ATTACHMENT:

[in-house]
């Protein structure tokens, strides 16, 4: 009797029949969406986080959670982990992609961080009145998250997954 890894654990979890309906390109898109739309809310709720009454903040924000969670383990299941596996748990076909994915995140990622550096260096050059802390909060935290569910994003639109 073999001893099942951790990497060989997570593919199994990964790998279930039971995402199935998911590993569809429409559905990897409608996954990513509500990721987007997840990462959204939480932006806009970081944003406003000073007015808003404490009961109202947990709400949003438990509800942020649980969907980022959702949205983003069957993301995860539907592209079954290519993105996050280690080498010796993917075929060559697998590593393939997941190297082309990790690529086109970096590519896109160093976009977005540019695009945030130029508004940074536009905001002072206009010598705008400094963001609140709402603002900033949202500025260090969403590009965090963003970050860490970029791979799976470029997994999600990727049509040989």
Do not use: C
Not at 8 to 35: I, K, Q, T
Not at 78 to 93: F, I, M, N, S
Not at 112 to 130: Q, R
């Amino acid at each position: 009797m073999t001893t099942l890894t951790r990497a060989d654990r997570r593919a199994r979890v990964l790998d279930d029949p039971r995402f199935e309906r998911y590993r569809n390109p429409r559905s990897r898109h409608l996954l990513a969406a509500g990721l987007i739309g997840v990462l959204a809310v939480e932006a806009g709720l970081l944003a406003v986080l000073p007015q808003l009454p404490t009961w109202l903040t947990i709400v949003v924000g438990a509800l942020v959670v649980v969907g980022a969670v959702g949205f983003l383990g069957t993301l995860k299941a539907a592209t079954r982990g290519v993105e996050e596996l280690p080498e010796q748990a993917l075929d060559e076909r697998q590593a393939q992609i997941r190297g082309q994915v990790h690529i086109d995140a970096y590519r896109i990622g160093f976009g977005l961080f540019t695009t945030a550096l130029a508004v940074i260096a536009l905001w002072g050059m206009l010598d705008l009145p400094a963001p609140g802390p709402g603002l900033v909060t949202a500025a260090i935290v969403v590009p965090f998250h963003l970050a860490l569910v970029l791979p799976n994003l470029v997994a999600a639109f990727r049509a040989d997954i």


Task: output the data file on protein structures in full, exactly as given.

[in-house]
């Protein structure tokens, strides 16, 4: 009797029949969406986080959670982990992609961080009145998250997954 890894654990979890309906390109898109739309809310709720009454903040924000969670383990299941596996748990076909994915995140990622550096260096050059802390909060935290569910994003639109 073999001893099942951790990497060989997570593919199994990964790998279930039971995402199935998911590993569809429409559905990897409608996954990513509500990721987007997840990462959204939480932006806009970081944003406003000073007015808003404490009961109202947990709400949003438990509800942020649980969907980022959702949205983003069957993301995860539907592209079954290519993105996050280690080498010796993917075929060559697998590593393939997941190297082309990790690529086109970096590519896109160093976009977005540019695009945030130029508004940074536009905001002072206009010598705008400094963001609140709402603002900033949202500025260090969403590009965090963003970050860490970029791979799976470029997994999600990727049509040989």
Do not use: C
Not at 8 to 35: I, K, Q, T
Not at 78 to 93: F, I, M, N, S
Not at 112 to 130: Q, R
């Amino acid at each position: 009797m073999t001893t099942l890894t951790r990497a060989d654990r997570r593919a199994r979890v990964l790998d279930d029949p039971r995402f199935e309906r998911y590993r569809n390109p429409r559905s990897r898109h409608l996954l990513a969406a509500g990721l987007i739309g997840v990462l959204a809310v939480e932006a806009g709720l970081l944003a406003v986080l000073p007015q808003l009454p404490t009961w109202l903040t947990i709400v949003v924000g438990a509800l942020v959670v649980v969907g980022a969670v959702g949205f983003l383990g069957t993301l995860k299941a539907a592209t079954r982990g290519v993105e996050e596996l280690p080498e010796q748990a993917l075929d060559e076909r697998q590593a393939q992609i997941r190297g082309q994915v990790h690529i086109d995140a970096y590519r896109i990622g160093f976009g977005l961080f540019t695009t945030a550096l130029a508004v940074i260096a536009l905001w002072g050059m206009l010598d705008l009145p400094a963001p609140g802390p709402g603002l900033v909060t949202a500025a260090i935290v969403v590009p965090f998250h963003l970050a860490l569910v970029l791979p799976n994003l470029v997994a999600a639109f990727r049509a040989d997954i």